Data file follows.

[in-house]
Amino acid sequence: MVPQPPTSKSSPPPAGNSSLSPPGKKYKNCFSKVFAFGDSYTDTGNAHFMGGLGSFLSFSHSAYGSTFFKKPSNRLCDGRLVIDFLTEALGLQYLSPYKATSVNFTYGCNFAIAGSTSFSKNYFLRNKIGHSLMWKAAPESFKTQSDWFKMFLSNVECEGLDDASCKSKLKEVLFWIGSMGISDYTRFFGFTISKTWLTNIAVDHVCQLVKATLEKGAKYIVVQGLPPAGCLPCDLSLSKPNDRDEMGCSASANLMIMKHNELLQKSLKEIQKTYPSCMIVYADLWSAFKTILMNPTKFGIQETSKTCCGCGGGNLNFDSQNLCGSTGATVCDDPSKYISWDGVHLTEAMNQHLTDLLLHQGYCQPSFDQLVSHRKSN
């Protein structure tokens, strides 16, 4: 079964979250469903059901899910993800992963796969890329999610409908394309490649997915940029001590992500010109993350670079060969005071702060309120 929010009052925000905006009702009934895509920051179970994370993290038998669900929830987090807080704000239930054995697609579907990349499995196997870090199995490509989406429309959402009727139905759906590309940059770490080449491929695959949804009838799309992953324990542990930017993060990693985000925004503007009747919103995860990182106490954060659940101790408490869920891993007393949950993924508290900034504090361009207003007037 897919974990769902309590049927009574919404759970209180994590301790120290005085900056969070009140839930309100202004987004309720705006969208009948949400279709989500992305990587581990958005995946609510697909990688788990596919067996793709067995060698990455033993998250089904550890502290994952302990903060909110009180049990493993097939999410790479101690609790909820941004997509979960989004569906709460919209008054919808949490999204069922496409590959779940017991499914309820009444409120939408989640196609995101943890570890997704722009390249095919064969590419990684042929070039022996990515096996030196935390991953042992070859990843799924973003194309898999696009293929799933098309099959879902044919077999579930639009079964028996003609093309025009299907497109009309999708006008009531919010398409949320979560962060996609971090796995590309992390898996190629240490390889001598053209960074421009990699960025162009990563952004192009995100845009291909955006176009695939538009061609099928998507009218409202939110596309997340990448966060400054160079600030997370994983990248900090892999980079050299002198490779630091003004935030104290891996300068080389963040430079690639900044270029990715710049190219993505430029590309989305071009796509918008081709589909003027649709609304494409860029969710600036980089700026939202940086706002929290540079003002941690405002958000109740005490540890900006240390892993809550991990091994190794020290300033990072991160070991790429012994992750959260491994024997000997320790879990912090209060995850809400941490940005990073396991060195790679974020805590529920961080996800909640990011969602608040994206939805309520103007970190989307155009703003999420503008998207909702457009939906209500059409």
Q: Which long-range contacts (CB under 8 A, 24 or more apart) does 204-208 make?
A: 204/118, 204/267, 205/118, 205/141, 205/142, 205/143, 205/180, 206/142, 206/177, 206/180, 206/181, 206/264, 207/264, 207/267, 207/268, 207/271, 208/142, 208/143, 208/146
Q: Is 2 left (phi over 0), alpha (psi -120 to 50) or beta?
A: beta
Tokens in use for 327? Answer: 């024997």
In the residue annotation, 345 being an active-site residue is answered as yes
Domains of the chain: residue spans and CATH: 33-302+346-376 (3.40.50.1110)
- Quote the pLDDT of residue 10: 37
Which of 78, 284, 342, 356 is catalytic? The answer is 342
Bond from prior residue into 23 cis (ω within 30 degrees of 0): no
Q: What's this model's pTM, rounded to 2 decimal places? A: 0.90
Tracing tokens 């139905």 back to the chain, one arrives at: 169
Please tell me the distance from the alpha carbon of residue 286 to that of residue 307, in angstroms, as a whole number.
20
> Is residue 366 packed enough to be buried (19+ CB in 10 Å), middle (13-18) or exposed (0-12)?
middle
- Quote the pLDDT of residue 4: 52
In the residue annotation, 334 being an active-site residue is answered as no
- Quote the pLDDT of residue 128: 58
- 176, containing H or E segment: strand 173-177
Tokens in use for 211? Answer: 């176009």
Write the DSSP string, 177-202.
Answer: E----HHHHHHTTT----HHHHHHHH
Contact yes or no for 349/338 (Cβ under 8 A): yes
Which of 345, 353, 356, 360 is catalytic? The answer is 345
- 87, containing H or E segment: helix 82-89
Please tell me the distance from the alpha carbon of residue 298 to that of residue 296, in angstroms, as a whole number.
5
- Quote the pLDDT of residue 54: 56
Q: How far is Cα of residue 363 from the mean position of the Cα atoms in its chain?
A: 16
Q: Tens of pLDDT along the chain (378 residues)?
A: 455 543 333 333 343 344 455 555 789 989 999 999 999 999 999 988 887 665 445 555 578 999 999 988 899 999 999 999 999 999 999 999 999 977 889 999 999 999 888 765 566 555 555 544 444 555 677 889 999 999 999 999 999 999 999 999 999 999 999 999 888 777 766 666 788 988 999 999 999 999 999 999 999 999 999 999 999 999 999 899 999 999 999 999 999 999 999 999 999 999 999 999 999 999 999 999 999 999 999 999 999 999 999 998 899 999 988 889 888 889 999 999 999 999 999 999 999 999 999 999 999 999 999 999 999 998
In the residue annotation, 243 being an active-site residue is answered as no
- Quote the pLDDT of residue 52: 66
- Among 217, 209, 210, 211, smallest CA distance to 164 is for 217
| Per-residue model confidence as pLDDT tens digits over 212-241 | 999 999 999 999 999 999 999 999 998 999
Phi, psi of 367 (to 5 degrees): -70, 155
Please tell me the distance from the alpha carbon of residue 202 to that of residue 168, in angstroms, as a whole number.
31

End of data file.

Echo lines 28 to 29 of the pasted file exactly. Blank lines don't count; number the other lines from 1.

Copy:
Which of 345, 353, 356, 360 is catalytic? The answer is 345
- 87, containing H or E segment: helix 82-89